One of the things to note is that most guitar cases are too short for the Fender CP-100’s longer neck. The one case that is suitable is the World Tour CG20D.
Most Affordable Acoustic Guitar For Short Fingers
The Jasmine S35 Acoustic Guitar is the ultimate combination of small, good-sounding and truly affordable, acoustic guitars. It is no wonder that this guitar is still the favourite among beginner and professional players alike when it comes to value for money guitars.
Features of the Jasmine S35 Acoustic Guitar
– Spruce top with laminated nato back and sides for a great tone for the incredibly low price
– Smaller neck for comfortable and easy playing experience
– Smooth and sweet tone, amazing for the price tag!
One word of caution, though: if you are new to guitar playing and you think that the action is too high (one visible sign is when you struggle to press the strings hard enough to make a note), bring this guitar to a local shop to get the action fixed. Once set up right, this guitar will be a real killer!
Best Electric Guitars For Small Hands Under $1000
Designed for playability and comfort, the Fender Standard Stratocaster is one of the most beginner-friendly electric guitars you will expect to find in the market.
Features of the Fender Standard Stratocaster:
– Three single-coil pickups to offer a range of great sounding tones from clean to crunchy and modern bright
– Medium jumbo frets to provide comfort for players with smaller hands or shorter and fatter fingers
– Low action for greater playability and comfort
Being in the lower cost range, you would not expect to finishing that is on the same level as those electric guitars costing a few thousand dollars. However, that is not really that important as the most important thing affecting the sound (besides the player) is still the main guitar body, the pick up and the accessories you add to it.
The last thing point is also where the strength of Strats. Due to its long history and wide popularity, the after market accessories for this guitar is large. You can easily different kinds of amps, pedals, strings etc that suit what you need. This is something other lessor brands cannot match at all.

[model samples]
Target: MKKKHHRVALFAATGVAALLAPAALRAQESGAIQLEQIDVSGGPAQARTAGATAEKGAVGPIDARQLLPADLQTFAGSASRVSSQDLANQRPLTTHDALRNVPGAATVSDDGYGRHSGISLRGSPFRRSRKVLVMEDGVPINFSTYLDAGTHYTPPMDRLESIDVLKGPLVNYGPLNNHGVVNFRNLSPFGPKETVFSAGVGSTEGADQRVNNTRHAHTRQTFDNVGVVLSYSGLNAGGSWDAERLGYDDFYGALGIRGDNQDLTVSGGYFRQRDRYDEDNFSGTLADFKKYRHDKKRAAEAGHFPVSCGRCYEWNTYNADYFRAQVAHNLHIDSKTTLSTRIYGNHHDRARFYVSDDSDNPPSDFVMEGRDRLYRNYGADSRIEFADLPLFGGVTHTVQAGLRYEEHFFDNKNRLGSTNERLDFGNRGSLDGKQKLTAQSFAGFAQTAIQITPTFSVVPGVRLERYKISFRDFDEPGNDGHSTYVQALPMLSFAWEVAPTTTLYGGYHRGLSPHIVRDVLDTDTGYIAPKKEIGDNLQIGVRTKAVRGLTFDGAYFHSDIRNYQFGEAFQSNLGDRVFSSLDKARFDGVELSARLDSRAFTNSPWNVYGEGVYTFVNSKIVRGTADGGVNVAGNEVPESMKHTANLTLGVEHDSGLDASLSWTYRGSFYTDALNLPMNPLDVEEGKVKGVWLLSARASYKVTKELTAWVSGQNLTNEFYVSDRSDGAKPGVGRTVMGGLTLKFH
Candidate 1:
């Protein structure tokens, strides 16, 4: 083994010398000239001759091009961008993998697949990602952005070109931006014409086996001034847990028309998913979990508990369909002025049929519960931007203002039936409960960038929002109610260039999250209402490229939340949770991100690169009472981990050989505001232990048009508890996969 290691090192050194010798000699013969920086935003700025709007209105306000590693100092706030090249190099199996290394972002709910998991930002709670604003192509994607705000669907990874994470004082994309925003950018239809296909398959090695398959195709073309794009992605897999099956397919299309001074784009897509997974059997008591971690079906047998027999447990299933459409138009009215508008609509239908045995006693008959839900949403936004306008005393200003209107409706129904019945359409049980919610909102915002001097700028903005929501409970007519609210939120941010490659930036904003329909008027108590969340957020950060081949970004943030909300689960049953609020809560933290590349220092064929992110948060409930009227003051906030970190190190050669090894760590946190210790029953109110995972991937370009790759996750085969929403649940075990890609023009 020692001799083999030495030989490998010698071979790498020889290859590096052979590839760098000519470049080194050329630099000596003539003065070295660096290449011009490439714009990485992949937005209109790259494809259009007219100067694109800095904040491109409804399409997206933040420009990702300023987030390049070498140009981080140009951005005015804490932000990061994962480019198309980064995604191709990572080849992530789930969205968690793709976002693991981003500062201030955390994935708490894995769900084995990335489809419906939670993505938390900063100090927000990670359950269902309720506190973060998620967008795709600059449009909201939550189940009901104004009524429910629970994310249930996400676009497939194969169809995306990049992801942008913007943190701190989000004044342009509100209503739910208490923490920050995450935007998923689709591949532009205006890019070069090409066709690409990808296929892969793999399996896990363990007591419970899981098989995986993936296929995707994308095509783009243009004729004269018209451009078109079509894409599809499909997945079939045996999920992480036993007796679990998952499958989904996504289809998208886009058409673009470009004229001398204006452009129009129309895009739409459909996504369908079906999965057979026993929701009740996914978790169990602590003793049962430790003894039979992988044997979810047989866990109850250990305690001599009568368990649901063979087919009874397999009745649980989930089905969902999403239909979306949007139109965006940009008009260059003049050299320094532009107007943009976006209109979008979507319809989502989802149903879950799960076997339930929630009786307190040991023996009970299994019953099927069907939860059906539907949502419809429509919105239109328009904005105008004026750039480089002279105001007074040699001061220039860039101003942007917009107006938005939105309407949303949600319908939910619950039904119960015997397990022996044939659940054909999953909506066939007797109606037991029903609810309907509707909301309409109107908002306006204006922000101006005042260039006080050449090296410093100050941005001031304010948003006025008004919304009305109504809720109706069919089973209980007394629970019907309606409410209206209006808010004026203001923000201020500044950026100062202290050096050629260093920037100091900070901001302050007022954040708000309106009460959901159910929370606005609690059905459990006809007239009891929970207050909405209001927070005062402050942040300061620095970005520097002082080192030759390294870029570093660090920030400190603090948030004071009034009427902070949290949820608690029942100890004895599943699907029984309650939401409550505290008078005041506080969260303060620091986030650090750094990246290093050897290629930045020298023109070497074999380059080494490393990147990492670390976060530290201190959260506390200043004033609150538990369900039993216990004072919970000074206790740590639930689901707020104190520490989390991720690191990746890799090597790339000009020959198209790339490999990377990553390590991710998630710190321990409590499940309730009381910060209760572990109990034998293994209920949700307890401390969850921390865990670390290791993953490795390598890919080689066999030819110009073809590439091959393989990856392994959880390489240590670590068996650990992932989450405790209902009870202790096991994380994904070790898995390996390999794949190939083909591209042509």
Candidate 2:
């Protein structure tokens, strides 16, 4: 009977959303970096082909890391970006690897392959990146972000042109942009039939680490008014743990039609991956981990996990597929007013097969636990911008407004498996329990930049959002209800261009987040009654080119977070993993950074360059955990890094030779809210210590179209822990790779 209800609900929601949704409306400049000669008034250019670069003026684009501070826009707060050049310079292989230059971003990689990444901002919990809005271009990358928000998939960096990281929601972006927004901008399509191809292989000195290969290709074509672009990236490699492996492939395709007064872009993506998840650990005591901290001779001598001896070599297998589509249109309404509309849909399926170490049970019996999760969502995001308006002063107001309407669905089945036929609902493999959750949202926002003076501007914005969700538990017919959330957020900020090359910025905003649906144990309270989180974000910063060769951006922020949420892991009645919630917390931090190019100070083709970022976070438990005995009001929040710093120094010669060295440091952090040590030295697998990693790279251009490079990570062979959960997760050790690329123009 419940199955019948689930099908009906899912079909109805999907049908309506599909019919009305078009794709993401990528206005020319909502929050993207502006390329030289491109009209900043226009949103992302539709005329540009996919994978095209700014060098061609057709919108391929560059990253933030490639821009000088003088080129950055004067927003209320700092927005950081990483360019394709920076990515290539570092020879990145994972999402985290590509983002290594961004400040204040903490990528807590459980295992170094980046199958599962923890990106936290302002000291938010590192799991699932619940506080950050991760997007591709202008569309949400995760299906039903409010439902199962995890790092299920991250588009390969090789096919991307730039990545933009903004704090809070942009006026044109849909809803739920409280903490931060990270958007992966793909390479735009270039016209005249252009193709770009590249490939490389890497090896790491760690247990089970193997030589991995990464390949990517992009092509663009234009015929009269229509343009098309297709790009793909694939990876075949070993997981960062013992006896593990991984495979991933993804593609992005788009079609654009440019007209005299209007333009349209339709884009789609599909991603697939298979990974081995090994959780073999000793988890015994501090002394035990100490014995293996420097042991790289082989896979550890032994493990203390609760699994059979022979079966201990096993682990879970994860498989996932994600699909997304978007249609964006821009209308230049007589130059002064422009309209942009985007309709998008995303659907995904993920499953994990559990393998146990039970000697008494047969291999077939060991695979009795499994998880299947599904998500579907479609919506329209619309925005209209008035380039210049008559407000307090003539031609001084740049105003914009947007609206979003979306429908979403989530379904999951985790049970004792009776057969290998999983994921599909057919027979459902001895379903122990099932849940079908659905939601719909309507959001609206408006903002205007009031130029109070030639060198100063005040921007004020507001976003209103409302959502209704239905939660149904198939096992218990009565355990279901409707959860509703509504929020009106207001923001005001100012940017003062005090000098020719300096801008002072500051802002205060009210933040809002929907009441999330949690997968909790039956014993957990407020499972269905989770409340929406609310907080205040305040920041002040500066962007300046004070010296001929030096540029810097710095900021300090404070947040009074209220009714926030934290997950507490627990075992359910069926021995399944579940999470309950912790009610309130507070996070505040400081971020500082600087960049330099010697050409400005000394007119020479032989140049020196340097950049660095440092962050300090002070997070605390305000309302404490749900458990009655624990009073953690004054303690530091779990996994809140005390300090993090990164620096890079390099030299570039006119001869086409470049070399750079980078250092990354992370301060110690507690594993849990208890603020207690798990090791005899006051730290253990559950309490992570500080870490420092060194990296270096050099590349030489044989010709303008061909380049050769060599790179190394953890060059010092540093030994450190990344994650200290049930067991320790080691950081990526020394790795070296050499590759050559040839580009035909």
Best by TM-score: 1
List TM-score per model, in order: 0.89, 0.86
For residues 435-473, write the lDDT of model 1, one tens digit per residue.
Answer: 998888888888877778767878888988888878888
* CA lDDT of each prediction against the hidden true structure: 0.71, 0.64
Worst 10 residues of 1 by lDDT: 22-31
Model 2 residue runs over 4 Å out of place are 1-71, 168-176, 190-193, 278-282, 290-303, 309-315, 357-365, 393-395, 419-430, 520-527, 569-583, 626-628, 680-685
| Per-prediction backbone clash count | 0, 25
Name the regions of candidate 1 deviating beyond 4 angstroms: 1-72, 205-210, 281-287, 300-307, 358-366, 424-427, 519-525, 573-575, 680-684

Best Thin Neck Electric Guitars for Small Hands
The Squier by Fender Classic Vibe Stratocaster 50s series is the ideal choice for beginner and advanced players looking for a model that is finger-friendly and stature-friendly. The slim neck and shorter fretboard provides comfort for players who struggle to find guitars for their smaller stature or shorter fingers.
Features of the Squier Classic Vibe Stratocaster 50s:
– Three custom vintage style single coil pickups for great Fender tone and versatility, ranging from clean to crunch and sparkling bright sounds
– Medium jumbo frets for playability and comfort
– Tremolo bar for great tone experimentation options
– Beautifully sweet, warm and smooth tone
– Relatively low action for easy and comfortable playing
Fender Classic Player Jaguar
Another great choice for guitar players with shorter or fatter fingers, the Fender Classic Player Jaguar combines versatility, playability and great tone into an attractive package that won’t break either your pocket or your fingers.
Features of the Fender Classic Player Jaguar:
– Special Design Jaguar single coil pickups for a variety of tones from clean to modern heavy, and great versatility for genres ranging from rock to blues and punk
– Shorter fret scale for easier playing, shredding and bending, especially for guitarists with smaller hands or shorter fingers
– Great sustain to give your playing amazing power
The best practice of looking for the most comfortable guitars for your smaller hands or shorter fingers is still picking up the guitars and trying to play them yourself. If it feels right, most likely it is the right choice for you.
While having small hands, shorter or fatter fingers definitely affects your guitar playing experience, it does not by any means stop you from becoming a great player. You do need to spend some time and effort to find the most comfortable guitars to play, but the rewards of being able to play your music definitely outweighs the trouble.
Yeah, this article talks nothing of scale length. Fender guitars use a long scale, Gibson and Epiphone use a shorter scale. The shorter scale length puts the frets closer together, and this by far is the single most useful thing for a small-handed guitarist to know.